Of course, Elizabeth’s apparent kindness and generosity is just a front; by the end of the episode, she’s leading a group of soldiers who wipe out the Campus Colony, thereby establishing the CRM’s dominance in yet another region. But whatever mind games she was playing with the Bennett girls, she may have miscalculated, because they’re already gone. After receiving an SOS message from their father, Iris and Hope decided to hit the 1,100-mile road from Nebraska to New York, hoping to find their father at the end of it. (They also bring along a couple of classmates — witty Elton and gentle giant Silas — who we’ll presumably get to know better along the way.)
And so, while this series premiere certainly has its clunky moments, it ends with an open road, and a lot of promise ahead. World Beyond still has some growing to do before it establishes itself as a key part of the overarching Walking Dead universe — but at the very least, it does feel like this show is arriving at the perfect time for a story about young people figuring out how to navigate a terrifying and uncertain future with courage and grace.
• Most of the premiere focuses on Iris, Hope, and Elizabeth, but there are a bunch of characters we’ll presumably get to know in the episodes to come. Huck (Annet Mahendru) is Felix’s partner in the security force, and they both allude to Felix’s missing boyfriend Will, who has been tasked with guarding Iris and Hope’s father. Felix and Huck also leave the Campus Colony in search of the girls before the CRM massacre, so we’ll see them on the road as well.
• Iris, who wasn’t there when her mother died, believes she was killed by zombies. A flashback reveals her mother was actually shot by another desperate (and pregnant) survivor, which led the pre-teen Hope to pick up a gun and kill her in return. That certainly helps to explain Hope’s ennui and nihilism, and the longstanding lie will probably drive a wedge between the sisters whenever the truth comes to light.
• At the end of the episode, Elizabeth is looking for “her.” Is that Iris? Hope? Someone we haven’t met yet?
• Another mystery left to be answered: Are those coded SOS messages really coming from Leo Bennett? Or is someone just pretending to be Iris and Hope’s father for their own as-yet-unrevealed purposes?
• One thing I really like about World Beyond: The series is definitively slated to end at the end of its second season, meaning (barring some kind of spinoff from this spinoff) that this whole story will be told in 20 episodes. Given the seemingly endless nature of every other Walking Dead series — especially with the “finale” of the mothership series just transitioning into a Daryl and Carol spinoff — I’m excited to see how this franchise tells a story with an actual ending.
• World Beyond is mostly a standalone series, but if you’re into Walking Dead lore, you surely recognized the CRM. They’ve popped up in both the original series and Fear the Walking Dead, and they’re sure to play a big role in those upcoming Rick Grimes movies, since it was a CRM helicopter that saved Rick from certain death. The Walking Dead Wiki has a much deeper dive on the CRM if you’re interested, but the short version: They’re big and mysterious and heavily armed, and in the long run, their omnipresence seems like the thing that’s going to tie all these different Walking Dead stories together.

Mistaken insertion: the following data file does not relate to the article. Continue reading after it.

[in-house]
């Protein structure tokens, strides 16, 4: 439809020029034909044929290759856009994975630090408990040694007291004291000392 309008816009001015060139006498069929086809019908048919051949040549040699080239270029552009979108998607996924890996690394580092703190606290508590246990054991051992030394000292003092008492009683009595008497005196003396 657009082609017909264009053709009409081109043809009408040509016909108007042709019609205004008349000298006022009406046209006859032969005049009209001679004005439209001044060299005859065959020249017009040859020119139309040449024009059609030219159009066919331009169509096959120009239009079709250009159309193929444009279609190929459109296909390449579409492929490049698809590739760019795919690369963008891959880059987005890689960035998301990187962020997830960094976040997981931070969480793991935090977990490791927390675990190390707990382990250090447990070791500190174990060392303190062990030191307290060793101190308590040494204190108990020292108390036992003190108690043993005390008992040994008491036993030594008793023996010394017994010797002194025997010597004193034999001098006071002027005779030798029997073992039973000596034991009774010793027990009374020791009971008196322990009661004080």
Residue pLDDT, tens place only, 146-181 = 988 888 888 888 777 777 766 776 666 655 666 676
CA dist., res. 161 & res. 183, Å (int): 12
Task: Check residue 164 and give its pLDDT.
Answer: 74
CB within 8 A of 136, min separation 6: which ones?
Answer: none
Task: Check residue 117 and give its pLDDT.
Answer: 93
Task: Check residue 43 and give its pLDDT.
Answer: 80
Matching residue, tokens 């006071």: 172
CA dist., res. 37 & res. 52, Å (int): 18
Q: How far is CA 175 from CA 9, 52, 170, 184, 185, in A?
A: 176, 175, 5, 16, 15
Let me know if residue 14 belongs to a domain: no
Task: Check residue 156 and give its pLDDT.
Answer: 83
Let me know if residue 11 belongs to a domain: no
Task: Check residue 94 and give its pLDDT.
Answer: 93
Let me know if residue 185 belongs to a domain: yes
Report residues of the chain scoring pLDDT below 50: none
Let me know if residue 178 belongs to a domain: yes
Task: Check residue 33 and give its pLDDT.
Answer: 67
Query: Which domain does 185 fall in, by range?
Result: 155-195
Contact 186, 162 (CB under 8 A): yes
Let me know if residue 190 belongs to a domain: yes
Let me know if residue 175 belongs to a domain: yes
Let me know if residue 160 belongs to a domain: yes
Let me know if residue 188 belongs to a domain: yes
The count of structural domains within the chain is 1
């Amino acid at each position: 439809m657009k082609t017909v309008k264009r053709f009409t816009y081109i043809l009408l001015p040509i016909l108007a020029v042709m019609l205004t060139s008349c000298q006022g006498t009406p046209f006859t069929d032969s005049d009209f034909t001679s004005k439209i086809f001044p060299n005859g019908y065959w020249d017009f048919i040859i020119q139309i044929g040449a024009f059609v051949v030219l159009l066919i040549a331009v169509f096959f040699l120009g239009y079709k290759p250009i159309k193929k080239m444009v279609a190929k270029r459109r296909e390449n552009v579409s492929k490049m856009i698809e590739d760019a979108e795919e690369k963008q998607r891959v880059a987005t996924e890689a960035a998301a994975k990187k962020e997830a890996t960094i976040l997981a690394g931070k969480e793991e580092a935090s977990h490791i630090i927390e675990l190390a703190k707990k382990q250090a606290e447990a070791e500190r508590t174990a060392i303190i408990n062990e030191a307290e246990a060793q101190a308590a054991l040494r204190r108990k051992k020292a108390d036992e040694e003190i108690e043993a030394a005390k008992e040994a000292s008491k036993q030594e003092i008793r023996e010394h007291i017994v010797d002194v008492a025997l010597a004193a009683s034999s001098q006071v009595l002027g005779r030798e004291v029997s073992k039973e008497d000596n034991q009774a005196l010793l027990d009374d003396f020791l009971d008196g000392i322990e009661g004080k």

• This premiere episode was directed by Jordan Vogt-Roberts, who’s best known for directing Kong: Skull Island.
• The song that opens and closes the episode is PJ Harvey’s “The Devil.” It rules.
• Iris’s sessions with psychiatrist Dr. K got me extremely jazzed about what In Treatment in the Walking Dead universe might look like. Who wouldn’t want to watch Gabriel Byrne help a rotating panel of patients solve their post-apocalyptic problems?
• If you’re interested in another take on what it would be like to grow up in the zombie apocalypse, check out Telltale’s acclaimed series of Walking Dead video games, which covers similar territory to brilliant effect.
• Elton mentions that he got separated from his mom on the night of the zombie apocalypse. She’s presumed dead, so my guess is we can all look forward to meeting her sometime later this season.
• A good weird detail: Campus Colony soldiers spray-paint the zombies blue, like you’d tag a deer, so scientists can track the movements of their herds.
• One of my favorite goofy things about the Walking Dead universe is how every character gets their own signature weapon — but as hard as they try, I don’t think they’ll ever manage to top a triceratops horn tied to a stick.
• Per Dr. K, there were 9,671 survivors in Omaha. Did the CRM really manage to kill all of them?
• How did Hope manage to make Champagne, anyway?